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Indonesia's PT Berlian Laju Tanker (BLTA.JK) (PTBL.SI), the world's third-largest chemical shipper, hopes to restructure its $1.9 billion debt by the year-end and will switch its focus to niche liquid chemical and gas transport, its founder and chairman said in a rare media interview. The country's leading oil and gas shipper defaulted on several debt instruments earlier this year and has been talking to creditors about restructuring its operations and finances. Its shares were suspended in late-January when it froze payments on its debt, and its market value has collapsed to $236 million - down 90 percent from the shipping boom of early 2008. "We want the process to be faster. We hope all things can be sorted out by the end of the year," Hadi Surya, a 76-year-old millionaire fine wine collector, told Reuters. "Our main focus is for the survival of Berlian Laju and to overcome the crisis."

Berlian Laju, founded in 1981 and also listed in Singapore, is the latest shipping firm to be squeezed between weak freight rates and higher shipping fuel costs in an oil tanker market struggling through the global downturn. Shipbuilders and freight groups from Japan to Italy and Germany have gone out of business or are scrambling to renegotiate with creditors.


In a joint statement issued last week, Transport Commissioner Siim Kallas and Climate Action Commissioner Connie Hedegaard implicitly said that the Commission will for the time being not be looking to introduce a specific European market-based instrument to reduce greenhouse gas emissions from ships. "A simple, robust and globally-feasible approach towards setting a system for monitoring, reporting and verification of emissions based on fuel consumption is the necessary starting point", the statement said, "This will help make progress at global level and feed into the IMO process. It is therefore our joint intention to pursue such a monitoring, reporting and verification system in early 2013. At the same time, we will continue the debate with stakeholders on which measure can successfully address the EU's greenhouse gas reduction objectives." The statement also included a call to the industry to take its responsibility:

"The shipping industry itself is best placed to take the lead in delivering fast and effective greenhouse gas emission reductions - thereby cutting cost and making the sector fit for the future."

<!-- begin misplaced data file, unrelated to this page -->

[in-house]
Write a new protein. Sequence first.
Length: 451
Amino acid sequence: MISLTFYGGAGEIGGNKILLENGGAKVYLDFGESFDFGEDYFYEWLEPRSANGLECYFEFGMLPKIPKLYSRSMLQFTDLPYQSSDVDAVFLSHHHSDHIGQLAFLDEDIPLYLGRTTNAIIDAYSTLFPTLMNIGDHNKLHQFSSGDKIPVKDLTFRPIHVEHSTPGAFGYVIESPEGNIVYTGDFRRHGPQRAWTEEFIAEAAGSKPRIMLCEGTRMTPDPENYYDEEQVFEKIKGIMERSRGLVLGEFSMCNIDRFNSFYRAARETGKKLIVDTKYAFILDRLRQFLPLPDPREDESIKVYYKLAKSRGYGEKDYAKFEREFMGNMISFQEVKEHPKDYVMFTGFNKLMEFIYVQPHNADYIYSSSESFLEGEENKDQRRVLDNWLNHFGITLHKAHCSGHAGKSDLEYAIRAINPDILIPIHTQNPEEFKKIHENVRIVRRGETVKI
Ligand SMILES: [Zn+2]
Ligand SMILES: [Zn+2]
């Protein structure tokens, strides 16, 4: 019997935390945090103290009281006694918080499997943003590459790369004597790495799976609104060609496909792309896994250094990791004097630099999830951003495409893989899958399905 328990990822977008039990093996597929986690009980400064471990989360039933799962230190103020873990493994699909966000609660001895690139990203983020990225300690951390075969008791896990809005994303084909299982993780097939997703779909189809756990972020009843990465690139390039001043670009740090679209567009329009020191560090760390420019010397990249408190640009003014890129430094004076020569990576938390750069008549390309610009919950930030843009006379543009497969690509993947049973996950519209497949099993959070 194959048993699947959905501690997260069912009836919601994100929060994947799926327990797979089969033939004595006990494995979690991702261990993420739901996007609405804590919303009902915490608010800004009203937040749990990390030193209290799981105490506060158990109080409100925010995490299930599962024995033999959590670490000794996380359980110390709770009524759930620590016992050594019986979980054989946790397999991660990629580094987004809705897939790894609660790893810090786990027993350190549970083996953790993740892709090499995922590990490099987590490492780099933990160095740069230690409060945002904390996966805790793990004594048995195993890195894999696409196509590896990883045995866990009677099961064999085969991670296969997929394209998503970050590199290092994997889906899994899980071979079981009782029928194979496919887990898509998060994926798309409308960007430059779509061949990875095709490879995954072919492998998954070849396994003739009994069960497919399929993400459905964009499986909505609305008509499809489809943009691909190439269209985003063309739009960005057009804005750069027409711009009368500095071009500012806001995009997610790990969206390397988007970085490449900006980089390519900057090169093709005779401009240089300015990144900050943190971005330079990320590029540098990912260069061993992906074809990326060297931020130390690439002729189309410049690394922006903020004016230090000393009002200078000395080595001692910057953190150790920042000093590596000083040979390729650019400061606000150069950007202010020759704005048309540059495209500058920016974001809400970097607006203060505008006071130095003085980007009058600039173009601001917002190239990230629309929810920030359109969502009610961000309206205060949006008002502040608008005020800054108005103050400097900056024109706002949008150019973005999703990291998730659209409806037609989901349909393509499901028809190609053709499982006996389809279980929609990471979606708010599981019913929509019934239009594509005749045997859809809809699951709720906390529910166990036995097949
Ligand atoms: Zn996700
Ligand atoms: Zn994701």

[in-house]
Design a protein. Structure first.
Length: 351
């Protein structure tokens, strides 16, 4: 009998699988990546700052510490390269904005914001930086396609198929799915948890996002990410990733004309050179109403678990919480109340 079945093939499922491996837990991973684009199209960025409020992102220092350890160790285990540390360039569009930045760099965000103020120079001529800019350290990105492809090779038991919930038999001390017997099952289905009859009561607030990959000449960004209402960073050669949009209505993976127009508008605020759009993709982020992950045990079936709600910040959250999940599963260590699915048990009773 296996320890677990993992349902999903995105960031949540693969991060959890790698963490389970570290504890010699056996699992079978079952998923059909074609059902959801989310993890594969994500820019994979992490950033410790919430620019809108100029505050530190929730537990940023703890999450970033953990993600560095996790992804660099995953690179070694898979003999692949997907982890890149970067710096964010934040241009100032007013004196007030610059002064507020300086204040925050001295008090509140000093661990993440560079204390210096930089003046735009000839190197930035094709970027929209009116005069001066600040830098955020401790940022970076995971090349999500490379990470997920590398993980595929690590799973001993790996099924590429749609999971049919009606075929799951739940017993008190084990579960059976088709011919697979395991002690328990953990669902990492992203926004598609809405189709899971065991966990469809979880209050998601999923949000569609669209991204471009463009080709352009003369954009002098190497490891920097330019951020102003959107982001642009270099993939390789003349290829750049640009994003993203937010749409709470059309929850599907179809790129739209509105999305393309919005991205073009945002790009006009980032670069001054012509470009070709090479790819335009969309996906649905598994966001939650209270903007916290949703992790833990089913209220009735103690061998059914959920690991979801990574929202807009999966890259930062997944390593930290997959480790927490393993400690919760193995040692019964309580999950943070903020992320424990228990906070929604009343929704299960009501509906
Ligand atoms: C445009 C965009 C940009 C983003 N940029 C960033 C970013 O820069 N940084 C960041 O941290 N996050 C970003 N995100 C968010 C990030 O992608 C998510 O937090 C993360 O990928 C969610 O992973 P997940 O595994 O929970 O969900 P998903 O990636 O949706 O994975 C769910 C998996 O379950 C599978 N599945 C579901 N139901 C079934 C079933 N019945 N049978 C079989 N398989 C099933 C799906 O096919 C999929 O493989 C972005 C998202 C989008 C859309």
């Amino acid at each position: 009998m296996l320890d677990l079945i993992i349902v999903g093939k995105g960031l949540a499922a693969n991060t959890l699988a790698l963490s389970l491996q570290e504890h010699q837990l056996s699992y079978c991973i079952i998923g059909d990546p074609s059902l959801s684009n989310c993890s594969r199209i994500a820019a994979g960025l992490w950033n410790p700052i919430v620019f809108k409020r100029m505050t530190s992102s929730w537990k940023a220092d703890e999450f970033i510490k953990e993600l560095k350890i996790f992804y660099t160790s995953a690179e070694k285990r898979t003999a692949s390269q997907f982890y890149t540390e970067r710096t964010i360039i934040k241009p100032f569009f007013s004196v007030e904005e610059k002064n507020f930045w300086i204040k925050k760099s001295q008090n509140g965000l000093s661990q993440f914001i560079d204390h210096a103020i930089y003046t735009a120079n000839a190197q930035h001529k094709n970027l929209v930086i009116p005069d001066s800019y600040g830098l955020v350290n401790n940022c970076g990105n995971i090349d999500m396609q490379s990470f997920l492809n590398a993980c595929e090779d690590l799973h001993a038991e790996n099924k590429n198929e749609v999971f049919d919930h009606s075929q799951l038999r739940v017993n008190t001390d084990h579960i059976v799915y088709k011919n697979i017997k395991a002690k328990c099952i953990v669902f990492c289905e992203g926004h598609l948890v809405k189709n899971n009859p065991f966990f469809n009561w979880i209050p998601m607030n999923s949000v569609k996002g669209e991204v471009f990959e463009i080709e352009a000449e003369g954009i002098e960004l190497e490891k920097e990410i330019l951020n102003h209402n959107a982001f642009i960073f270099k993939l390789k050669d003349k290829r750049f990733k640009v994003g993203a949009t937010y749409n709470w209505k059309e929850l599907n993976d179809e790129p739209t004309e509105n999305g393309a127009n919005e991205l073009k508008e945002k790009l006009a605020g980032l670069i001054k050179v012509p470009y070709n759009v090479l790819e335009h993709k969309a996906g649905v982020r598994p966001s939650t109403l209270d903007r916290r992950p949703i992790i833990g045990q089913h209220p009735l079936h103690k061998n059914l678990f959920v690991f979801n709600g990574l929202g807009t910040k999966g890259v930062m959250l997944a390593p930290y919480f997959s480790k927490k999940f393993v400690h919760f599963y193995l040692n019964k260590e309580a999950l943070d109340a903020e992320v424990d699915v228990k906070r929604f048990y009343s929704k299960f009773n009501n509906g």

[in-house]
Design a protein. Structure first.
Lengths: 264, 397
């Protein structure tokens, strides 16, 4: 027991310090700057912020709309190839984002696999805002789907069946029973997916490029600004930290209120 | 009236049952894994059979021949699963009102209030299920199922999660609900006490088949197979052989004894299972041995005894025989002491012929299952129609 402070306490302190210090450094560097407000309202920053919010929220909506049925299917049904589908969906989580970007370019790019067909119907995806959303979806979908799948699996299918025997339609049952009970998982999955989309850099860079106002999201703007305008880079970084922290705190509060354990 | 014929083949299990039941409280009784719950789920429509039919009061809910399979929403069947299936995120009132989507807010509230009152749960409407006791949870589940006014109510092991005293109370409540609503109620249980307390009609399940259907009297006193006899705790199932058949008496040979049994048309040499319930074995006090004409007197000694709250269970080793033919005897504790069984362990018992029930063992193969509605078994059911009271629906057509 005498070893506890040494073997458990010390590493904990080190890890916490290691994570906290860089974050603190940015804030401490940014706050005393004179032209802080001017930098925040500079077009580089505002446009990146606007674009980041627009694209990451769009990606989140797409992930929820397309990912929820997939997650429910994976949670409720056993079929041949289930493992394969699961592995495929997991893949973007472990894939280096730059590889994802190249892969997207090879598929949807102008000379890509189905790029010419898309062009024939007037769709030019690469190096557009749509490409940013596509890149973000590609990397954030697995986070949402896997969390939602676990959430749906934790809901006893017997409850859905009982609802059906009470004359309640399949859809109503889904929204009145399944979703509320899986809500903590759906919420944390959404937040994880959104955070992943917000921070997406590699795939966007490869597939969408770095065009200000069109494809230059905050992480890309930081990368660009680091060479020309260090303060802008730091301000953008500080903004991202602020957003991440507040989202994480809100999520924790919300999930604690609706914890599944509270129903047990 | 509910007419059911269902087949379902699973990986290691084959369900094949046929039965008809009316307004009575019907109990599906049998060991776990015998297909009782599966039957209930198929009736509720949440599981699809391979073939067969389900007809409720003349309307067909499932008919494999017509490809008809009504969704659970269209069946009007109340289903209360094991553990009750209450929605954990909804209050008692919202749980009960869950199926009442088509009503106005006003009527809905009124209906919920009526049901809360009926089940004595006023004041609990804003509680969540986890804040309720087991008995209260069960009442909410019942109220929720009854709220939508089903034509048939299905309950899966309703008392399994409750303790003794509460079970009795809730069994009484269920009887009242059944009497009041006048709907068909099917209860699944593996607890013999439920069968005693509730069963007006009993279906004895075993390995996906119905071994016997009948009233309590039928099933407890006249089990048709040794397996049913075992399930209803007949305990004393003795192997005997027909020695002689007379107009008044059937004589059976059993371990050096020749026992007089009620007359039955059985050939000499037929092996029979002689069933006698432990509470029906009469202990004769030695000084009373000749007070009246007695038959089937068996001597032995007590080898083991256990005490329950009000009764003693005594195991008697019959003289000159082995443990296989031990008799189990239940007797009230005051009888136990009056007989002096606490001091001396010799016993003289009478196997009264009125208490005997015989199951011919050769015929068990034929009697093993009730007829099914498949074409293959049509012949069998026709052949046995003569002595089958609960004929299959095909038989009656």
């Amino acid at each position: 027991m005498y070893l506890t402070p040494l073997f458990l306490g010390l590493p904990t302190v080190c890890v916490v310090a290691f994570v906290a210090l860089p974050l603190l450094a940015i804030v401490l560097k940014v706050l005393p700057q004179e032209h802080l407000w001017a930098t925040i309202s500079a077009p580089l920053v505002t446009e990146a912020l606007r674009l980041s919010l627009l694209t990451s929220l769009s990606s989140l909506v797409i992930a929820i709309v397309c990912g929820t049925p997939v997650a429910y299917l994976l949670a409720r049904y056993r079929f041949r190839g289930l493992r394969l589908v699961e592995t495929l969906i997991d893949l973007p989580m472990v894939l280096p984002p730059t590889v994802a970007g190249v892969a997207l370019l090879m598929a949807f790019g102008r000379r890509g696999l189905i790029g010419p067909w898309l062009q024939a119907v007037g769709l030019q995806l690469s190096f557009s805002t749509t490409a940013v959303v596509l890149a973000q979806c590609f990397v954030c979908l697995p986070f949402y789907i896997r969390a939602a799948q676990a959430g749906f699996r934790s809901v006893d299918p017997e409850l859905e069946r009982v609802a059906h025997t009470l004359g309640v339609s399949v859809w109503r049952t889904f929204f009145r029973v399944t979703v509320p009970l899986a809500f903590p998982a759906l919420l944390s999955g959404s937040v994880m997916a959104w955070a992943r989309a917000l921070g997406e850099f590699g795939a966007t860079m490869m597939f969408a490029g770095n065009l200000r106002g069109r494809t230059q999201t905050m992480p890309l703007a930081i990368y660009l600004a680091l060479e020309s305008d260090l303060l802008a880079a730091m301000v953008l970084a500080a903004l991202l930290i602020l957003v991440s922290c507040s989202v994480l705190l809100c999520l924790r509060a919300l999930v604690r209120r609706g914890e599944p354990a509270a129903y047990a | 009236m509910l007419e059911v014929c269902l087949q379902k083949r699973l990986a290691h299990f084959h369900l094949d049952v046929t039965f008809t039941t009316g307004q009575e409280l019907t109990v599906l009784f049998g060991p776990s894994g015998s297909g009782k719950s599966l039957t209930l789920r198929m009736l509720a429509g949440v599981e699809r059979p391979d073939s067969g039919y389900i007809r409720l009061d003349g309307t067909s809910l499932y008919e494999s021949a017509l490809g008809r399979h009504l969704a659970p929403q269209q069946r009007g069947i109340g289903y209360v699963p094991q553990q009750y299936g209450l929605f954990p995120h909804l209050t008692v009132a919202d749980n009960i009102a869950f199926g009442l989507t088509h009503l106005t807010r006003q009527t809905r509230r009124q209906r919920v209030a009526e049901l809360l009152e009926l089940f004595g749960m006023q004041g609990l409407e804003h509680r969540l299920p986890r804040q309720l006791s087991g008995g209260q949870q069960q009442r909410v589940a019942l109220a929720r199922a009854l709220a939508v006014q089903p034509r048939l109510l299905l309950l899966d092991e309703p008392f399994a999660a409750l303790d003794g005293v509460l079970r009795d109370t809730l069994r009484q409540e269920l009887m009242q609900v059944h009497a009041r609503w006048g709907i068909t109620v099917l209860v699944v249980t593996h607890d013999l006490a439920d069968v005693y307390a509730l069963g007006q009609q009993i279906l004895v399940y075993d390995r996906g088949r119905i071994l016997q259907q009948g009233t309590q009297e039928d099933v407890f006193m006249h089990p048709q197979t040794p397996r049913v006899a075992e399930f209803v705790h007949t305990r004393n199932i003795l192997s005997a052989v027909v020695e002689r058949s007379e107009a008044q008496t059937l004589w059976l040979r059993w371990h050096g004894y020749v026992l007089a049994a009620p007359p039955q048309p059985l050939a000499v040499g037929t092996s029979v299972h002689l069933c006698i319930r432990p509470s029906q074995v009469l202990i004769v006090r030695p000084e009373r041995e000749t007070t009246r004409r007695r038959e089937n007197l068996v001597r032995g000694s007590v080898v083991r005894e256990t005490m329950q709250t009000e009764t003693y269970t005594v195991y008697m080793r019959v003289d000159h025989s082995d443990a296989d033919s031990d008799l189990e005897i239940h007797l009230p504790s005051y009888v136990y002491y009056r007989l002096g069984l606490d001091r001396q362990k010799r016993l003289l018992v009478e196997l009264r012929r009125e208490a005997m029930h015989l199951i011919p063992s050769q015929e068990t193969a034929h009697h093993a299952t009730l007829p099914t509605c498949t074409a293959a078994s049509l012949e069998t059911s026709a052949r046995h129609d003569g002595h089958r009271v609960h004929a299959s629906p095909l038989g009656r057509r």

After last year's riots put an end to the dictatorial regime in Libya, the Country is slowly trying to resume the old collaboration relationships with the Mediterranean Countries, especially in the commercial sector. Remarkable signals come also from the goods sector; an example is given by the two new lines that start from Italian seaports and head towards the Northern African Country, one from the Adriatic and the other from the Tyrrhenian Sea. On October 24th, Med Cross Lines will inaugurate a regular service between Koper, Venice and Libya with docks at Misurata and Tripoli.

Other minor seaports (Tobruk, Derna, Marsa el Brega, Ras Lanuf) could become docks on request. The navigation on this line will happen every 14 days and will be made with a ro-ro/container which is able to load every kind of goods, products in containers, rolling stocks and diggers, cars and new and old trucks, various goods stocked in pallets, project-cargos for the oil and gas industry, groupage. If the answer from the market will be positive, Med Cross Lines foresees the introduction of a second ship by February 2013.


Although this year has been characterized by slow newbuilding ordering activity thus far, ship owners have appeared keen on jumping in the more niche markets, like the LPG and LNG transportation business. In its latest weekly report, Clarkson Hellas said that ithere has been further activity this week in the Gas sector, combined with some continued reported interest and concluded business in the mid-sized wet and dry segments of the market. It therefore arguably remains the larger facilities in both Korea and China that remain under the most pressure in terms of conventional demand. With no real volume of new contracts having been placed, particularly for the larger end of the Crude segment of the market and gaps in production now also showing into 2014 and 2015, pressure is certainly mounting on shipyards to relent a little on pricing to try and spur on any dormant interest that exists" the report said.

It added that "unfortunately, even with the best intentions from the side of the Shipyards, owners are still forced to operate in a continually challenging and volatile macro environment - and with no immediate promise of recovery in either the freight or financial markets to justify ordering against existing values for these segments, it still requires bold decision making to commit to contracting at the higher value end of the asset spectrum. Having said this - opportunities are there for those who are in a position to take them and with the major owners remaining poised for action - it will be interesting to see who makes the first move and whether any such move will be enough to catalyse enough volume of demand to positively influence the upper end of the newbuilding market.
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Publication:Pakistan & Gulf Economist
Date:Oct 14, 2012

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